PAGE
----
Spring Fever

March 27, 2012

As the weather warms up, and the hours of daylight increase, a new specie of wild life starts to appear in the rural areas of the county. Going about on two legs, except when being carried in by a vehicle with tires and a motor, these beings are amazing to watch. Secure that no one will ever find them (in the same part of a pasture that their parents and grandparents frequented), they consume alcoholic beverages, smoke, scuffle, and engage in the other tom foolery that has been known to identify young people in the spring since time immemorial.
It is doubtful that there are people in the community who are not aware that young adults are not to consume alcoholic beverages until they are twenty one years of age, unless in the immediate custody of their parents or guardians. Yet there is something about spring evenings, the inevitability of summer, and the proximity of graduation that seems to encourage forgetting that well known fact. During the week, plans are laid for the inevitable Friday or Saturday night party. It is well known that the police will be expecting a party, so, as long as the weather is conducive, the celebrants move out into the county. “The rock”, just over the line in Fisher County, is probably the best known party spot. Well known to all the adults, including officers of the law, it seems to be a surprise to each class of young people that we actually know where it is – and that there are regular patrols of the area. Since the geography of Nolan County has not changed appreciably in the last thirty years, most of the ideal party and camping spots have been found by someone. As a result, there are few, if any, successful hiding places left.
Parties of this sort have gone on for as long as any of us can remember. The advent of dangerous drugs, huffing, and a more violent culture have raised the stakes. More than in the past, parties of this sort are ending up with charges of assault filed against one of the participants, or some one completing their evening in the Emergency Room as a result of alcohol or drug poisoning. Experiments with combinations of drugs, drugs with beer, or huffing are often lethal on the first try, especially when that try is out away from emergency aid, and with a group of people who are also experimenting.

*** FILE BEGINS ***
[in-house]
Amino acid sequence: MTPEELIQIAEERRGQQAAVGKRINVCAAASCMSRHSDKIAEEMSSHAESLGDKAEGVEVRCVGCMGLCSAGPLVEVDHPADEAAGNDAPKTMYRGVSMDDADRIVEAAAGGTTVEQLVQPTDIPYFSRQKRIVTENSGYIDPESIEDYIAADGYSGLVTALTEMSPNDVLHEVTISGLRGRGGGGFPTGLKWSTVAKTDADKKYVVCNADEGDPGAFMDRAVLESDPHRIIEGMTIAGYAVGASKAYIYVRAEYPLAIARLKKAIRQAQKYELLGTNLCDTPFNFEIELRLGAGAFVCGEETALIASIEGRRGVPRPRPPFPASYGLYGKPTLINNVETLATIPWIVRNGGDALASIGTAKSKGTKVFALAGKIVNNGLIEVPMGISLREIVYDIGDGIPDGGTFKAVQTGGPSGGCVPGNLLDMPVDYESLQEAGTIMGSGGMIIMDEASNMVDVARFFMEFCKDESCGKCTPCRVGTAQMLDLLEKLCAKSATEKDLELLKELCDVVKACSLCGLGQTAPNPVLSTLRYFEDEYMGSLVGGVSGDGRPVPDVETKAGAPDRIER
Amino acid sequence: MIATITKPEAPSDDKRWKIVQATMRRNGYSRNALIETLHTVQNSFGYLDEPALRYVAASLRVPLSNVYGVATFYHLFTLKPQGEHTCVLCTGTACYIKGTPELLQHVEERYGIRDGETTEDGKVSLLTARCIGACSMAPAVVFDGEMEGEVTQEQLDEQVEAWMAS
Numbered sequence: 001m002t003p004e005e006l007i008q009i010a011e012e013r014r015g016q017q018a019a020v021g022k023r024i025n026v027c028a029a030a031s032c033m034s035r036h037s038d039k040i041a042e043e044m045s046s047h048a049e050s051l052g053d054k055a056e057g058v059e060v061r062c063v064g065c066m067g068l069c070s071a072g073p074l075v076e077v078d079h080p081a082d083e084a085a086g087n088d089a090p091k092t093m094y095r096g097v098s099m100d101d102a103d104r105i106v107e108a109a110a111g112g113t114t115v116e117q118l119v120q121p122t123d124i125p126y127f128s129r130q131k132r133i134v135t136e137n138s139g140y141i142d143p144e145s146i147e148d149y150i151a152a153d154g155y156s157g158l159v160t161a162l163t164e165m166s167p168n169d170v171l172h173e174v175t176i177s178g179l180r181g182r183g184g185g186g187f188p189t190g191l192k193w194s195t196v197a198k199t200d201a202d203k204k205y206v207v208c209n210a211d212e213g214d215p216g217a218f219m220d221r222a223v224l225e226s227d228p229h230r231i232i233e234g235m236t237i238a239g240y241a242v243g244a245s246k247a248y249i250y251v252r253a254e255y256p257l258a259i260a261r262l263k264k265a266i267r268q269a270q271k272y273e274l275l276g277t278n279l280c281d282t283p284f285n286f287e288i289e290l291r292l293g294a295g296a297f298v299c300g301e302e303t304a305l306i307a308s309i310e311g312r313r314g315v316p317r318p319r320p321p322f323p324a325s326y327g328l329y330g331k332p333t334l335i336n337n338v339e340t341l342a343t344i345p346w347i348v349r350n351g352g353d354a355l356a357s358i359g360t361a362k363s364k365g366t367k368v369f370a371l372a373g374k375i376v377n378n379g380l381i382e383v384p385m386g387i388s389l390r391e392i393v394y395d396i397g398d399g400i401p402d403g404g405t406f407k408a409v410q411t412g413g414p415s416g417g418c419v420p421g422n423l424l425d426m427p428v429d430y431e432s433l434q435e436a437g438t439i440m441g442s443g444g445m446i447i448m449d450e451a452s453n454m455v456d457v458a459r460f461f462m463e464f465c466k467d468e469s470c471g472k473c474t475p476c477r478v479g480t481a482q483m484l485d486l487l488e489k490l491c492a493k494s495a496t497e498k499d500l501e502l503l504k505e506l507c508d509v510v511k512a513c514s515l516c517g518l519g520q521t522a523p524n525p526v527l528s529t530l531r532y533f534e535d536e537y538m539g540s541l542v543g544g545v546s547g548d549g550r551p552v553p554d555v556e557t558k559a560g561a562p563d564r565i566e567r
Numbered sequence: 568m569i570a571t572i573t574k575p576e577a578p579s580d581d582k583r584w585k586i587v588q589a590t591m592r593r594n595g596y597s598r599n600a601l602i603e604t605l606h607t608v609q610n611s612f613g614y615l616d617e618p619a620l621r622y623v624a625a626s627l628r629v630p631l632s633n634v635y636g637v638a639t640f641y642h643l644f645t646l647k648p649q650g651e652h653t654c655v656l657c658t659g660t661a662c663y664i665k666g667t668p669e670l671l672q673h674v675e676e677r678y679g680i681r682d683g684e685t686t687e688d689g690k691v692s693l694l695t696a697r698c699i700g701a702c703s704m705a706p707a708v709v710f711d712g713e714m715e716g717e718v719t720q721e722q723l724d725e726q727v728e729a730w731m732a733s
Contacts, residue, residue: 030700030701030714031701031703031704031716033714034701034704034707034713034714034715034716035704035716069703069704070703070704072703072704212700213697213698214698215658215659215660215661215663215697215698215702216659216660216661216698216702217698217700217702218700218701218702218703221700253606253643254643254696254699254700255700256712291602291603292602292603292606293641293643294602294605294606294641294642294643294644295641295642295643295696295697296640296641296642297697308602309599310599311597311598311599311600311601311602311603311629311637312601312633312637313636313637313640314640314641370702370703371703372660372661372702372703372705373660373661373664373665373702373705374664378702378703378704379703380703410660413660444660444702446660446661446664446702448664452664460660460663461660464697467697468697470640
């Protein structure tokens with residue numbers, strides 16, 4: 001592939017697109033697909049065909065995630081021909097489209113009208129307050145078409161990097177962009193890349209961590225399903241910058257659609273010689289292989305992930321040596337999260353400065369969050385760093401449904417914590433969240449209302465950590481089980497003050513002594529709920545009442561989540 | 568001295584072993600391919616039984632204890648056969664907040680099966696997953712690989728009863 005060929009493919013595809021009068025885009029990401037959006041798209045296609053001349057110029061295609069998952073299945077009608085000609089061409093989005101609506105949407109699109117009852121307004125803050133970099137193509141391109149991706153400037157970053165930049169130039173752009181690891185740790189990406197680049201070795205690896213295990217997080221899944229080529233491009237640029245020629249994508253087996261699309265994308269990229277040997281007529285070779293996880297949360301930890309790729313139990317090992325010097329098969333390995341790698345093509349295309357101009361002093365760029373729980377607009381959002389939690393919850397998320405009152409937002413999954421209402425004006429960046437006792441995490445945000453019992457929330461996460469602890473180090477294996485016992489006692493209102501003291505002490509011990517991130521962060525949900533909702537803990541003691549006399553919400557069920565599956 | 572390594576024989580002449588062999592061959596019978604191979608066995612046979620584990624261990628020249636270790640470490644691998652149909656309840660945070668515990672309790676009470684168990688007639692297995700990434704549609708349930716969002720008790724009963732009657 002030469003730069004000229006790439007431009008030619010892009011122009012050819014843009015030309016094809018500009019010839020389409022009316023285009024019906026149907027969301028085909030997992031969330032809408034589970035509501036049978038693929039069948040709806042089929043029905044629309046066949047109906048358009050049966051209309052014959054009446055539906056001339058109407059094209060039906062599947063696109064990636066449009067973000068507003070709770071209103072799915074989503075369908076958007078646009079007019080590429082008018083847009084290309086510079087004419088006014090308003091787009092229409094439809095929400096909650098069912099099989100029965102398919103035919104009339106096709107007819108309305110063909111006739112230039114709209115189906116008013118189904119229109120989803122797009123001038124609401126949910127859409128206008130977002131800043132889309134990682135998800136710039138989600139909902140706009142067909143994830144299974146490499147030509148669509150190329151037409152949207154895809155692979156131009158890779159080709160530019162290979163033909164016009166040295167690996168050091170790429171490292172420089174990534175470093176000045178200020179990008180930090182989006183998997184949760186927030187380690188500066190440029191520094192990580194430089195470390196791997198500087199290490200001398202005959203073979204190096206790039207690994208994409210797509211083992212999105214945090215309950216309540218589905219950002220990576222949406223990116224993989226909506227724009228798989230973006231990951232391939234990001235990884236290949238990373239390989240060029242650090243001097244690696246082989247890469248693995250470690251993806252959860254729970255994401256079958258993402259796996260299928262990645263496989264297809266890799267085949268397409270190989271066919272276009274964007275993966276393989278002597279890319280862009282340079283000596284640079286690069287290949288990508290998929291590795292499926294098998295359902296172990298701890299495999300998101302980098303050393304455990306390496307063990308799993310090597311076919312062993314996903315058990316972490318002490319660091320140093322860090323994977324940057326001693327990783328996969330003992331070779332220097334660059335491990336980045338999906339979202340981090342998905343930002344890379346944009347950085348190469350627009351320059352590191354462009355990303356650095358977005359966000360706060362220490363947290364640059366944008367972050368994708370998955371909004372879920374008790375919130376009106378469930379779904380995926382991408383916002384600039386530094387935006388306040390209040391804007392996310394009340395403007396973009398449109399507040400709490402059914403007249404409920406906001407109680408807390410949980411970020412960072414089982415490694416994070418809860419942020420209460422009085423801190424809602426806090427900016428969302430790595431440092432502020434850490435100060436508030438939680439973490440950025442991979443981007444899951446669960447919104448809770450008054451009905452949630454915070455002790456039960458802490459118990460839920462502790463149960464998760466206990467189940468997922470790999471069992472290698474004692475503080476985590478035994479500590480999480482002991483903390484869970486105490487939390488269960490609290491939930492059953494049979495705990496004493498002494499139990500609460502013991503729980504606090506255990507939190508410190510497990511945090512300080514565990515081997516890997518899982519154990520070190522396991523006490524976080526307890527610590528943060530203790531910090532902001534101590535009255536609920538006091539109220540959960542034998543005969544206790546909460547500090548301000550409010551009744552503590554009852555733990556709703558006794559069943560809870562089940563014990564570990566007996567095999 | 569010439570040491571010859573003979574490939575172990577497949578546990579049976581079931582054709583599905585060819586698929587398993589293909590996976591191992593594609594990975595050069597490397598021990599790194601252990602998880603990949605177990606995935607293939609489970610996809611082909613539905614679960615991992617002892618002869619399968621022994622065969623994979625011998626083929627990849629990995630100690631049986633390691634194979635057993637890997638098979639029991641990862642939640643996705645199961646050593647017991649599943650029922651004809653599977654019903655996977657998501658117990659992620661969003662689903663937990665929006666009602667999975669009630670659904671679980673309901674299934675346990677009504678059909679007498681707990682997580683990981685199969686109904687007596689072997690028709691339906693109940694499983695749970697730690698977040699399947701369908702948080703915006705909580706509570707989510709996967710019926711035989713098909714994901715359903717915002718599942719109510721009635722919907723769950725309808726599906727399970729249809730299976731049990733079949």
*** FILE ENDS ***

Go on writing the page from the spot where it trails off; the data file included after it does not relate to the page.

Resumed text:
The drive home from the party has become more hazardous, also. The true danger of driving while intoxicated, as many area families are aware, is not that the driver will face criminal charges, it is that the driver, a passenger, or a friend or stranger in another vehicle will be killed or injured as a result of impaired driving. The burden of killing or incapacitating another person is far worse than anything that the legal system can do. If, however, all escape unscathed, the penalties of the law will attach, possibly keeping the young driver from fulfilling the dreams of a lifetime.
The penalties of the season are not all aimed at the young people, however. Each year, the spring brings an increase in cases involving adults making alcoholic beverages available to persons who are underage. The misconceptions surrounding this law are many, despite repeated efforts by law enforcement and even beer companies to educate the public.
The law is actually quite simple. No person may make an alcoholic beverage available to a person under twenty-one years of age, unless the minor is the legal child or ward of that particular adult. When parents agree that it is better for the youth to have their party at the home of one parent, who will collect the car keys as they come in and not release them until all are sober, but they also agree that the young people will be furnished alcoholic beverages, they are agreeing to break the law. The “guardianship” referred to in the statute is a legal one, that involves the assistance of attorneys and courts. It is not the informal agreement between parents that one will look after the child of the other. In order for the described party to be legal, a parent of each child would have to remain, being the person to supply alcohol to his or her child. Not a pleasant prospect for the partiers or chaperones!
One of the more common “making available” scenarios involves the parent being asleep while the party rages out in the yard or in other rooms of the residence. Apparently without the knowledge of the parent, the young people got into the refrigerator or liquor cabinet and made themselves at home. When the police are called, normally by a neighbor who has had enough of the noise, the home owner indicates that he or she had absolutely no idea what was going on – they slept through the entire thing. Awake or asleep, the adult of the home is responsible for what is happening under his or her roof. If a child is injured, whether by a fall, the consumption of drugs or alcohol, the adult who was present (whether or not wholly conscious) will have some responsibility.
The first evenings of spring carry a promise and nostalgia that can make most of us think back to the days when we, also, were eager to be adults and to challenge the limits that were set for us. Luckily, we lived in a different, and, in many ways, safer world. A fling with the dangers of partying can have sobering effects on all of us.

Lisa Peterson is the County Attorney for Nolan County. Comments about this column may be e-mailed to editor@sweetwaterreporter.com

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